How Long Will I Cry? Review – Beyond the Headlines of Youth Violence in Chicago

Deshon (Charles Gardner), Pastor Brooks (Mark Smith) and Max Cerda (Gabriel Ruiz) along with the ensemble read the names of young people killed in Chicago



Chicagoans are no strangers to headlines about the city’s explosive murder rate.  Most of us are familiar with the names of Derrion Albert and Hadiya Pendleton, two of the more high-profile cases of lives cut short too early by violence.  And yet, despite the headlines and statistics, most of us fail to understand the scope of a problem that often seems to happen in someone else’s neighborhood.  Steppenwolf Theater’s How Long Will I Cry? takes the audience out of its comfort zone and into the complex world of youth violence on the streets of Chicago.

Narrator (Mark Ulrich) reads the names of young people killed in Chicago



Written by Miles Harvey and directed by Edward Torres, How Long Will I Cry? is part of the Steppenwolf for Young Adults series.  The production grew out of a project from journalist, playwright and professor Miles Harvey and his DePaul University undergraduate and graduate students based on interviews with people all over Chicago whose lives have been changed by youth violence.  The play is ambitious in its efforts to collect a variety of perspectives based on interviews done by the DePaul students in Miles Harvey’s class.  We hear from victims and perpetrators, innocent bystanders and saviors, parents, pastors, and medical personnel. 

Diane Latiker (Celeste Williams) and Ora (Shannon Matesky) attend a neighborhood barbeque



The acting in this production is solid across the board.  Each actor plays more than one role—the roles here are the real people whose interviews make up the play.  The narrative is given structure by Miles Harvey, played by Mark Ulrich, who describes his own journey to try to understand the complex causes of youth violence and periodically interjects to remind the audience of which character is speaking.  At times, this structure can be a bit awkward, but it does allow for connections to be made between many different characters without a strictly linear plot.  Gabriel Ruiz is winning and likeable as Frankie Valencia, whose promising future is brutally cut short as we hear during a taped 9-1-1- call that starts off the play.  His mother is played by Tara Mallen, who takes the audience through the gut wrenching details of losing a child in a senseless act of violence.   J. Salome Martinez, Jr. and Jessie David Perez  play the two young men who shot Frankie, showing us glimpses of the fear that lurks beneath their hardened exteriors.  The roles of Deshon and Ora are played by Charles Gardner and Shannon Matesky, respectively, whose stories show us the pain and frustration that goes along with growing up in a veritable war zone.  Finally, Mark Smith as Pastor Brooks and Celeste Williams as Diane Laitker are examples of people who chose to take action in their neighborhoods rather than wait for help from a public that has largely turned a blind eye to poverty and violence.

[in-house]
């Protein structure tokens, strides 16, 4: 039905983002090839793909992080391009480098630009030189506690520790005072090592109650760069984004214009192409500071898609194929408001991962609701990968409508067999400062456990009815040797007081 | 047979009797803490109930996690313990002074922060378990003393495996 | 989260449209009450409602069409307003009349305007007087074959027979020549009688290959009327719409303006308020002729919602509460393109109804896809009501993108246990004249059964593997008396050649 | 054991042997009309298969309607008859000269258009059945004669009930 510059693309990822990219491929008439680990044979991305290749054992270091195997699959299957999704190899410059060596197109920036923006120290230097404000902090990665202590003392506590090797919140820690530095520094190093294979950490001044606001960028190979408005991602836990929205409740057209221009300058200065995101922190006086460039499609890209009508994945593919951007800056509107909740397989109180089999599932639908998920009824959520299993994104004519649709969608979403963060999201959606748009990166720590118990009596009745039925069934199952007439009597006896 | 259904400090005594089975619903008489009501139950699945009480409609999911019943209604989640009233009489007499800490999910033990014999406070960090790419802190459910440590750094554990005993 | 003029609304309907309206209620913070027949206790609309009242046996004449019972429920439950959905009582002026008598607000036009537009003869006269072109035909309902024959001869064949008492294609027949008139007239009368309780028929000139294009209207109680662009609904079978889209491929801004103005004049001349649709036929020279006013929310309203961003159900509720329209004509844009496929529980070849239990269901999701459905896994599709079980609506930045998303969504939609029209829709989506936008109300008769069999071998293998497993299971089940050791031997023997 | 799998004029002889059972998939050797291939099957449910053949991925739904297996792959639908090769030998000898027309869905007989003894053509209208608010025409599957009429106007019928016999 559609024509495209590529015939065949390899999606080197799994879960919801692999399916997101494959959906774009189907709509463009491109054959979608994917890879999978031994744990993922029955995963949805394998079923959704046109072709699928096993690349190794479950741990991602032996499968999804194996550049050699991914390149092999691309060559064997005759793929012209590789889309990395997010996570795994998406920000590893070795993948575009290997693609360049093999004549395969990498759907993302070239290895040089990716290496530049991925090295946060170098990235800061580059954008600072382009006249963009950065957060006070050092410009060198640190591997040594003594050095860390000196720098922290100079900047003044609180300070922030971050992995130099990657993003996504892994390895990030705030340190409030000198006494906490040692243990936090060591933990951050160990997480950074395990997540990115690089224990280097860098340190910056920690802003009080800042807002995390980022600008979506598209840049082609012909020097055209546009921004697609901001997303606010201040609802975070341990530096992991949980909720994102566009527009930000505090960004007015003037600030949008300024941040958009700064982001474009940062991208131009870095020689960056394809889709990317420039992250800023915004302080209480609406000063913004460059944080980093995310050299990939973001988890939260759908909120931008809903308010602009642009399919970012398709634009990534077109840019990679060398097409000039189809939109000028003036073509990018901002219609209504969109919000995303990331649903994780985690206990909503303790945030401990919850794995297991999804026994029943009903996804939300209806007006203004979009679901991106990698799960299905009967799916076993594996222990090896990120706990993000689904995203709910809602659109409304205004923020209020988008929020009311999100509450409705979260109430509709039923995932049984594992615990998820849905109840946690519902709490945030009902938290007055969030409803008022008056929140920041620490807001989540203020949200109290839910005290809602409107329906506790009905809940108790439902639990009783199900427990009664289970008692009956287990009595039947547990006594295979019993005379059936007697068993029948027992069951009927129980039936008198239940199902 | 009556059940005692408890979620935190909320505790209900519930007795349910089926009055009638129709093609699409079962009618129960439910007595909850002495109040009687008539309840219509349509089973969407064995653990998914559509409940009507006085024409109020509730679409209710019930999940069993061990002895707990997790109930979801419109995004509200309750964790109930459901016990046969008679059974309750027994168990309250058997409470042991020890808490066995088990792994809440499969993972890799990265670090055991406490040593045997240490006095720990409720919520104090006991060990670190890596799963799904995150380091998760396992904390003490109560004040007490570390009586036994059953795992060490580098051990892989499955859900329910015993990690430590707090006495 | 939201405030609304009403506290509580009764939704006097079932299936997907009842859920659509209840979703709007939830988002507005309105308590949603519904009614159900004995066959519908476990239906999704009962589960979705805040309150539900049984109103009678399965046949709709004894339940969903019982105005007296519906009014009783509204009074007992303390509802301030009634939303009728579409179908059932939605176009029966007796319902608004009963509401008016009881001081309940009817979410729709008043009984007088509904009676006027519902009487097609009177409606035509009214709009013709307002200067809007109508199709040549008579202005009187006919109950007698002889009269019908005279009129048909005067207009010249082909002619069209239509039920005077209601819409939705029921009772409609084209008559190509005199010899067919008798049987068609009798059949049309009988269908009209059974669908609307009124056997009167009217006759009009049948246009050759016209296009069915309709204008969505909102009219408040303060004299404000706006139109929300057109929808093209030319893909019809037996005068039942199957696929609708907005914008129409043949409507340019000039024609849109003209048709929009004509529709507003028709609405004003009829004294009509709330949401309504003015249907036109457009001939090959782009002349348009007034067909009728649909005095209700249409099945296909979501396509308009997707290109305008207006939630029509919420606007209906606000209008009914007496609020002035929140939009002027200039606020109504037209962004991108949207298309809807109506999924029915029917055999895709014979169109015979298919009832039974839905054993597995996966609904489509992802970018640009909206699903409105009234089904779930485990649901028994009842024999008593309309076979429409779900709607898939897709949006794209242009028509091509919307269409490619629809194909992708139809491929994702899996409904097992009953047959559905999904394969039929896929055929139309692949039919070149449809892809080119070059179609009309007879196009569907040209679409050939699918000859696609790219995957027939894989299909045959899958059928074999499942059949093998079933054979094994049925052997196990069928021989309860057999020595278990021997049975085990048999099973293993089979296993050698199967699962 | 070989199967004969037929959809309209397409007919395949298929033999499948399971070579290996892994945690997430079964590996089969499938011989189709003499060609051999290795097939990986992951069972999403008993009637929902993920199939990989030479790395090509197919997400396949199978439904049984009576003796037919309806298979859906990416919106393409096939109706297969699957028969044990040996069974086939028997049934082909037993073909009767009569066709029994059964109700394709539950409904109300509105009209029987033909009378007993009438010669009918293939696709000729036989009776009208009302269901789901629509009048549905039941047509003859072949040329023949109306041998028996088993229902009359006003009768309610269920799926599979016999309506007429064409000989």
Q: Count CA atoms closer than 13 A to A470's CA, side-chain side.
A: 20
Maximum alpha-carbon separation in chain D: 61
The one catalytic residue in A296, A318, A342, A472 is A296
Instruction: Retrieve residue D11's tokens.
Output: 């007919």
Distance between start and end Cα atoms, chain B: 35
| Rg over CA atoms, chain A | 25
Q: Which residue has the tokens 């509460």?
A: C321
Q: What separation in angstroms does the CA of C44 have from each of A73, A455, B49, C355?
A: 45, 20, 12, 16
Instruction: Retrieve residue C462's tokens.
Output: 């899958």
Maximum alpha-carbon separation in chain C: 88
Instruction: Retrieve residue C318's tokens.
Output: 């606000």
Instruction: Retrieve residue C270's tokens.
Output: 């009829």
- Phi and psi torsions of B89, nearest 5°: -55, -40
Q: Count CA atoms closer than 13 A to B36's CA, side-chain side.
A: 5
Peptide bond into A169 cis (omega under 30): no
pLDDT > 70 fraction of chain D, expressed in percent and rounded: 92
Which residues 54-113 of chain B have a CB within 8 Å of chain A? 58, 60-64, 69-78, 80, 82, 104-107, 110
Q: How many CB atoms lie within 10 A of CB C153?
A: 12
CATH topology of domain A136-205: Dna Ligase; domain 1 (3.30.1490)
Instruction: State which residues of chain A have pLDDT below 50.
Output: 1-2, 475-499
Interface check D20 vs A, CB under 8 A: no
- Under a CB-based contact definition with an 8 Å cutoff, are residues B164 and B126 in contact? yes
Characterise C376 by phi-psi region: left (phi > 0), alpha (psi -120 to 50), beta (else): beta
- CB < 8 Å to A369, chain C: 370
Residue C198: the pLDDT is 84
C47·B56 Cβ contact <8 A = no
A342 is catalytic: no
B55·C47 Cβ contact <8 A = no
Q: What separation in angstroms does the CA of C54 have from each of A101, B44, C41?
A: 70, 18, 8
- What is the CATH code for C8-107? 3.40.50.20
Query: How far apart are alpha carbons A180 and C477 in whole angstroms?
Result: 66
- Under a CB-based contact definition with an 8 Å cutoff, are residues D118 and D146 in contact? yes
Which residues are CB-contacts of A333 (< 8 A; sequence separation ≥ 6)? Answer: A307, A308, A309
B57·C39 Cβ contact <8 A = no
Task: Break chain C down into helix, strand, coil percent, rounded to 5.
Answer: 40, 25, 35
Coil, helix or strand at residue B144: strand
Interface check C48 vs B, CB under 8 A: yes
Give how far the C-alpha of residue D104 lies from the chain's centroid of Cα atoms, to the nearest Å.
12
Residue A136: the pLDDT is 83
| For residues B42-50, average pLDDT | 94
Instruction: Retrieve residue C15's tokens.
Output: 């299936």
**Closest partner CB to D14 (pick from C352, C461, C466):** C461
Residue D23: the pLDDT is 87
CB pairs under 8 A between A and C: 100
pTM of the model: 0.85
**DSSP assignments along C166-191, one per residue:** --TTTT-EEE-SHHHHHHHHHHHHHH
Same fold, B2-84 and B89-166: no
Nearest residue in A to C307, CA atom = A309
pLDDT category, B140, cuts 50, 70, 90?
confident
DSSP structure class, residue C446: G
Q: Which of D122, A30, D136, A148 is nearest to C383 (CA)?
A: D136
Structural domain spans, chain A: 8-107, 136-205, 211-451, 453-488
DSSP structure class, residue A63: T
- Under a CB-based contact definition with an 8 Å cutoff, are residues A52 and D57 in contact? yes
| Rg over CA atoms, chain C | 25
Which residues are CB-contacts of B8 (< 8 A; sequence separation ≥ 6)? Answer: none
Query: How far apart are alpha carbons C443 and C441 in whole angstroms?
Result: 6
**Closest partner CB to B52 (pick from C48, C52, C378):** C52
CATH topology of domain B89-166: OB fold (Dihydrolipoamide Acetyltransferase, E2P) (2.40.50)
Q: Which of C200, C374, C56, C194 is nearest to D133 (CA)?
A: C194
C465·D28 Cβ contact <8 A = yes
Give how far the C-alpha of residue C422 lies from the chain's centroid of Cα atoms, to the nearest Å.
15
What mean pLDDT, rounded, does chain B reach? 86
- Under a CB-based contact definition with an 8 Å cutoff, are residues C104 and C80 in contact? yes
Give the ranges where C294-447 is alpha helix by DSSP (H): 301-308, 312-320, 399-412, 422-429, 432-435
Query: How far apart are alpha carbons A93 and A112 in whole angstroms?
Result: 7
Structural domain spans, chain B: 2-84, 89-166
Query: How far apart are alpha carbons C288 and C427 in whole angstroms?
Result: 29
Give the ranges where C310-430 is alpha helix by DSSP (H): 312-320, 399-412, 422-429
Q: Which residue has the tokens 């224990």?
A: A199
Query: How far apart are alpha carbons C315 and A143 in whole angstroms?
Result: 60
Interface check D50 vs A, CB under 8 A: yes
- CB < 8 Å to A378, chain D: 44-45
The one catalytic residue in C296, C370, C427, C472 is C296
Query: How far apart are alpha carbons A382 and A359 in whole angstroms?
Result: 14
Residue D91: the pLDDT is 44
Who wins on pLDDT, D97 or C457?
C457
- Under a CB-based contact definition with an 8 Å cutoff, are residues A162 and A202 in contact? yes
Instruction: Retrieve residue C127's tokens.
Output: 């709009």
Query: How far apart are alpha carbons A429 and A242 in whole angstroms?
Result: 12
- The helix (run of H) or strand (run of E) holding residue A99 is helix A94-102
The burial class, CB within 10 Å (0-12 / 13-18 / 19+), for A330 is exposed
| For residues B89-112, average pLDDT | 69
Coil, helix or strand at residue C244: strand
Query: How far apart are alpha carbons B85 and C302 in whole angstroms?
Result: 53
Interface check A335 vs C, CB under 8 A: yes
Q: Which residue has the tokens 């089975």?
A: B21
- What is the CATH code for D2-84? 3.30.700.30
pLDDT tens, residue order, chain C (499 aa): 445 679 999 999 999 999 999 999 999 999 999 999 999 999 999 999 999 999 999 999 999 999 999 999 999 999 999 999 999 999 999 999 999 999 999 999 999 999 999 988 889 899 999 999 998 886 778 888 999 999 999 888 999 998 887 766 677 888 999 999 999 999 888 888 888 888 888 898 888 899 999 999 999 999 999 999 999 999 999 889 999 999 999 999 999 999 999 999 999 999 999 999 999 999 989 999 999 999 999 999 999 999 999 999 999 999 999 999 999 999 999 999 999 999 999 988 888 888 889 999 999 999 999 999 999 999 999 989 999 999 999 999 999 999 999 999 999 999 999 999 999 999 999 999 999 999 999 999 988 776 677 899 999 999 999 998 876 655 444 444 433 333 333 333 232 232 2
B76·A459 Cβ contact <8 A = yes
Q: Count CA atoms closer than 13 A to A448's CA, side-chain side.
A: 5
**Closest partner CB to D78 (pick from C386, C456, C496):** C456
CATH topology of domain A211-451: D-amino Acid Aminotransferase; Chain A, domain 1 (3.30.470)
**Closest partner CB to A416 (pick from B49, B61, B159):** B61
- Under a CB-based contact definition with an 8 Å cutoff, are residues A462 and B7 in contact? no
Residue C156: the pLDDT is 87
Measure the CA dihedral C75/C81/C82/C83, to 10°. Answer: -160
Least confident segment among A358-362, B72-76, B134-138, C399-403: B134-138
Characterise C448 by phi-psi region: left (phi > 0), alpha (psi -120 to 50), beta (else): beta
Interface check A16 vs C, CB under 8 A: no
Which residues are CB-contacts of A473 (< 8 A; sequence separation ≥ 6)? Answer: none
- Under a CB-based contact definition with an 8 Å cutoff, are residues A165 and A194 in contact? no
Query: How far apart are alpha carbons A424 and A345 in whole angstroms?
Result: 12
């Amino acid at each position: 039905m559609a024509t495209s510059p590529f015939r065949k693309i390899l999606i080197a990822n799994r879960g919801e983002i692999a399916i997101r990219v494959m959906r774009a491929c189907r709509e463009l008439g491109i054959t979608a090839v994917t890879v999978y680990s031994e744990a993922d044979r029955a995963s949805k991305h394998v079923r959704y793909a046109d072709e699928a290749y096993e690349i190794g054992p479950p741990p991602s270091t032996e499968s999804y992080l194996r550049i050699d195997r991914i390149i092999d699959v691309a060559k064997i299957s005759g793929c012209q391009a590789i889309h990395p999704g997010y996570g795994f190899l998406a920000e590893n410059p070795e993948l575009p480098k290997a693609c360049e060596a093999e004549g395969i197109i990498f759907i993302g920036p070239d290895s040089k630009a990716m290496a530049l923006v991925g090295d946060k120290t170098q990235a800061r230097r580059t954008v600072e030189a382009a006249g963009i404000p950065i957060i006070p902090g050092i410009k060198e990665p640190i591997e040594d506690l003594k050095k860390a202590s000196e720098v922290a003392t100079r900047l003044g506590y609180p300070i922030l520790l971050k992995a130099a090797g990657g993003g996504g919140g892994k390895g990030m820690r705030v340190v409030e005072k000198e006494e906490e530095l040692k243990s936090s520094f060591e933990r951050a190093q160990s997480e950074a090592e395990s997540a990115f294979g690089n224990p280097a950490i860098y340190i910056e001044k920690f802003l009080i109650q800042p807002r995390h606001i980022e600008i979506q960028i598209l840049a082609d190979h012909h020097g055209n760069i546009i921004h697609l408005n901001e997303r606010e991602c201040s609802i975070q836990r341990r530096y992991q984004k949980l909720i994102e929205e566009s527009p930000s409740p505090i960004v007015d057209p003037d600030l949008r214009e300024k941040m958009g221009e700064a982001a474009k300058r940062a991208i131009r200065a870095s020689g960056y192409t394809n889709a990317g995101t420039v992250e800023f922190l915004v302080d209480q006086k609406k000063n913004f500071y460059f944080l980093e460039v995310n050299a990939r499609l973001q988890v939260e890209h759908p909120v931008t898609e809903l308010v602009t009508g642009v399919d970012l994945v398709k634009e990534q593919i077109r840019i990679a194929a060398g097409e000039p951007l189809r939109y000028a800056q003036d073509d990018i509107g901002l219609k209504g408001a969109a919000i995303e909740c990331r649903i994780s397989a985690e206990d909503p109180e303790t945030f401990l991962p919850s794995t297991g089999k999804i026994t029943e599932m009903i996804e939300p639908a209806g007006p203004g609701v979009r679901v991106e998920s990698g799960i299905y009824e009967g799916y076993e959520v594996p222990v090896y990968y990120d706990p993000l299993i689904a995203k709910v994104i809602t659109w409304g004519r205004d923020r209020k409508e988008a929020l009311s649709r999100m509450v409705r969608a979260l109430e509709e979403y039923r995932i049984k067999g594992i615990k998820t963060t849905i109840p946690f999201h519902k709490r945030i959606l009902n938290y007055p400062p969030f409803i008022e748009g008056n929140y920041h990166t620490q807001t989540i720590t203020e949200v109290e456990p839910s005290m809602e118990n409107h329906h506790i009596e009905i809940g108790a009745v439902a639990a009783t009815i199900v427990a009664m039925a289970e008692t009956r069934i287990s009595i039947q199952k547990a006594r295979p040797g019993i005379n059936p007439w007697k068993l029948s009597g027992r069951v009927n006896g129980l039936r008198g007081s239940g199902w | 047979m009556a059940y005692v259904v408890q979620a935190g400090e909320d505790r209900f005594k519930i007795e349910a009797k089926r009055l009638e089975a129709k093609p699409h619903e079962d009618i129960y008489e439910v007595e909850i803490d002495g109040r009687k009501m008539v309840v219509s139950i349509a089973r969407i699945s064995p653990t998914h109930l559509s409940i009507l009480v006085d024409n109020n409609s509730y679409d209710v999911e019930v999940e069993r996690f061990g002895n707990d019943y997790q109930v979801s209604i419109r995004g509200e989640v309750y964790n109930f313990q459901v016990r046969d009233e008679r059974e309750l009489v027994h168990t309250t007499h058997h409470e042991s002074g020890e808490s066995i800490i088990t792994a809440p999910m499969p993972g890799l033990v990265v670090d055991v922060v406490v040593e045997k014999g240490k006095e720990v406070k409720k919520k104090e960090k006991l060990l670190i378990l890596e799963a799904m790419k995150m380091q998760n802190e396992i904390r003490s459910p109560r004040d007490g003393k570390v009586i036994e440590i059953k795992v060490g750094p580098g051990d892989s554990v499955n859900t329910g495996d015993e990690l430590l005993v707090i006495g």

Joy McCormack (Tara Mallen) speaks with her son, Frankie (Gabriel Ruiz)



For all the work done to show the complex socio-economic causes of violence in Chicago over time through interviews, footage and news items (including one striking article from the 1970’s on the gang problem that shows the city has not come very far in understanding the roots of this epidemic), one critical piece seemed to be missing:  the reasons many residents of the most afflicted areas of the city have so little trust in the police to keep them safe and the perspectives of the police officers who investigate these crimes day after day. 

The play is staged in the Upstairs Theatre, an intimate space with eight rows of seats on either side of the stage.  Though sparse, the scenic design by William Boles is just enough for us to recognize a Chicago street corner, complete with a blue light camera.  Two tall, rectangular screens project beautifully edited footage by Michael Fernandez, which is unfortunately a bit difficult to see due to chain link fencing over the screens.   The actors, however, make great use of the space.

Pastor Brooks (Mark Smith) comforts a grieving mother (Celeste Williams) and her son (Charles Gardner)



The play asks the audience to consider how different our response might be if these shootings were taking place not in Englewood and Austin, but in Lakeview and Lincoln Park.  But the deeper question it poses is, regardless of the neighborhoods where the shootings occur; shouldn’t putting an end to this violence be the responsibility of all Chicagoans?   How Long Will I Cry? shows us that single acts of violence ripple out into communities at large, changing many lives, and changing our city for the worse.  The play does not prescribe a solution; instead, its characters show us that we have to be willing to face the problem of youth violence in all its complexity if we are to have any hope of making Chicago safer for all of us.  

How Long Will I Cry? is recommended, and playing at Steppenwolf’s Upstairs Theatre March 9, 18, and 23, as well as at several Chicago Public Library branches from March 11-16.  Tickets for the Upstairs Theatre performances are $20, with a limited number of $15 student tickets, and are currently on sale through Audience Services, 1650 N. Halsted St., by calling 312-335-1650, and at the Steppenwolf website.  Tickets to tour performances are free, but reservations are required.

Photos by Michael Brosilow

 

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